Many languages have an impersonal pronoun ("man" in German, "on" in French). In slightly old-fashioned English, the word "one" is used; as in "Where can one get one's hair cut?" Otherwise, "you" is normally used in English.

I have been taught that in Russian, the common way to express this is to use the second person singular verb without the word ты, as in: "If one knows many people..." = "Если знаешь много людей..."

But I have two problems with this. First, is it proper to use this form with people you would normally address as Вы? Second, how do you handle the word in other cases than the nominative? For example, genitive "get one's hair cut" or accusative "if someone sees you".


"Вы" can be both singular and plural. If you really want plural (can be also impersonative as referring to some "universal" knowledge), you say "если вы знаете" (note the small letter). Yet impersonal construction allows using "ты" as mentioned earlier even if you normally say to the person "Вы". With a capital letter "Если Вы знаете" surely is a personal construction.

Another point that in a spoken language impersonal vs personal "если знаешь" (likewise "если знаете") differs by pronunciation and context only. So it's often not about the choice of words yet how to say them.

Returning to your examples:

"Where can one get one's hair cut?" - Где (здесь) можно постричься? (note that you almost never say "где здесь меня постригут")

"If someone sees you..." - "Если тебя кто-нибудь видит..."

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The less impersonal (generic, abstract) the sentence is, the more you tend to use plural for politeness.

There is no impersonal pronoun in Russian; impersonality is conveyed with the sentence structure. This is more flexible, and there are three types of such constructs with a common attribute of pronoun missing.

Indefinite-personal is used when the action is carried out by specific person(s), but this is irrelevant. В магазине мне продали водки. (You don't need to mention salespeople did.) Note 3rd personal plural is used for this type of construct.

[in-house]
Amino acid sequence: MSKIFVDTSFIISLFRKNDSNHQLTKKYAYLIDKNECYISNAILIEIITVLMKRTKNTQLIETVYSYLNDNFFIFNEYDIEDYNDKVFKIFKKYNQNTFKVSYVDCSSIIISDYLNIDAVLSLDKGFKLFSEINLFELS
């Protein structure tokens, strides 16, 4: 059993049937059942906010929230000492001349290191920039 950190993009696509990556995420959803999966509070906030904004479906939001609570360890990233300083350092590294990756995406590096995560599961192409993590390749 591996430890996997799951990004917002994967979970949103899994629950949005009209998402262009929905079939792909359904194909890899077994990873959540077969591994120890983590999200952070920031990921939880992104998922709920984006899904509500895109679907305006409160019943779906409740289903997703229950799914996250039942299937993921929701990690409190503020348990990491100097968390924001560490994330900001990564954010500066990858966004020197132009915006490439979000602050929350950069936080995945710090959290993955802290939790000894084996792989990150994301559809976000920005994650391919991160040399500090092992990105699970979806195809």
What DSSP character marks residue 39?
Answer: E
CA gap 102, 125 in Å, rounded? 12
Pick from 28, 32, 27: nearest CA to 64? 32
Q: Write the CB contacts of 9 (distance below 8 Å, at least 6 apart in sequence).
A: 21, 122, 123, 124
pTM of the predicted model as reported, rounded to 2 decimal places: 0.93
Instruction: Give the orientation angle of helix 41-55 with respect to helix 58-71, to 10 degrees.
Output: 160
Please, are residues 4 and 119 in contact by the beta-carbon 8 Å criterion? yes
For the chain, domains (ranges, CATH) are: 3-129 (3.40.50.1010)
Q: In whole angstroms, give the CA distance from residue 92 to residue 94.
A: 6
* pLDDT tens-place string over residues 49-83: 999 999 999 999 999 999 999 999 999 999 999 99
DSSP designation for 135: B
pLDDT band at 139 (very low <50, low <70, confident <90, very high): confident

Generic-personal is more abstract and is used to refer to generalized cases like proverbs. С утра выпил - весь день свободен. (A "wisdom" that suits any alcoholic.) This one goes with 2nd person singular or, occasionally, 3rd person plural.

Impersonal specifies an action or a state without any definite actor. Бутылку водки занесло снегом. (Abstract natural force did this.) With verbs, it is 3rd person singular.

So, strictly, with the pronoun omitted, the only impersonal/generic construct you can get with 2nd person requires singular, and the use must be abstract as per above.

Colloquially, though, 2nd p. sg. use is not limited to abstract cases. For example, it is very common with directions (идешь квартал прямо, поворачиваешь направо, там парикмахерская). I'd say it's used this way to avoid an imperative that may sound too formal or impolite. Since such use is only marginally impersonal (the directions would work for anyone, but they are given in a particular case), you further go with 2nd p. pl. for politeness.

Finally, there is a colloquial use that further mixes up impersonal and personal by actually getting the pronoun (sg. or even pl.) back into sentence.

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In case of "if someone sees you" - you should use "Вы" with people you would normally address this way instead of "ты": "Если Вас увидели" vs. "Если тебя увидели".

But, in case of "one's hair cut" impersonal pronoun is most commonly skipped altogether: "Где бы постричь волосы?" = "Where would one get hair cut?". It's the same in your very good example: "If one knows many people..." = "Если знаешь много людей..."

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  • Thank you. So, just to be absolutely sure that I understand you correctly: It is OK to say "Если знаешь..." even if you would normally address the other person as "Вы"? I shouldn't say "Если знаете..."? – oz1cz Apr 21 '15 at 20:25
  • if you normally use "Вы" addressing this person, you should use "Если знаете...". If you are addressing this person as "ты" - then use "Если знаешь..." So, there is no contradiction. If you are polite and/or formal, you continue use this form of address without jumping between "Вы" and "ты" which sounds strange in Russian. – InitK Apr 21 '15 at 20:32
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    @oz1cz Disagree with InitK there. When it's impersonal it's ты no matter how you address the person. It may sound strange to someone (probably of a hypercorrecting turn of mind) but it doesn't "sound strange in Russian". And it's extremely unlikely to parse as an inappropriately familiar reference to the actual listener. Using вы, on the other hand, can cloud your meaning. – Nikolay Ershov Apr 21 '15 at 20:45
  • @oz1cz I'd agree that the impersonal ты has a tendency for pronoun-dropping, but that doesn't really get rid of the "form of address" issue which is still clearly indicated by the verb form. – Nikolay Ershov Apr 21 '15 at 20:52
  • Why one should capitalize the impersonal "вы"? – Anixx Apr 22 '15 at 0:42

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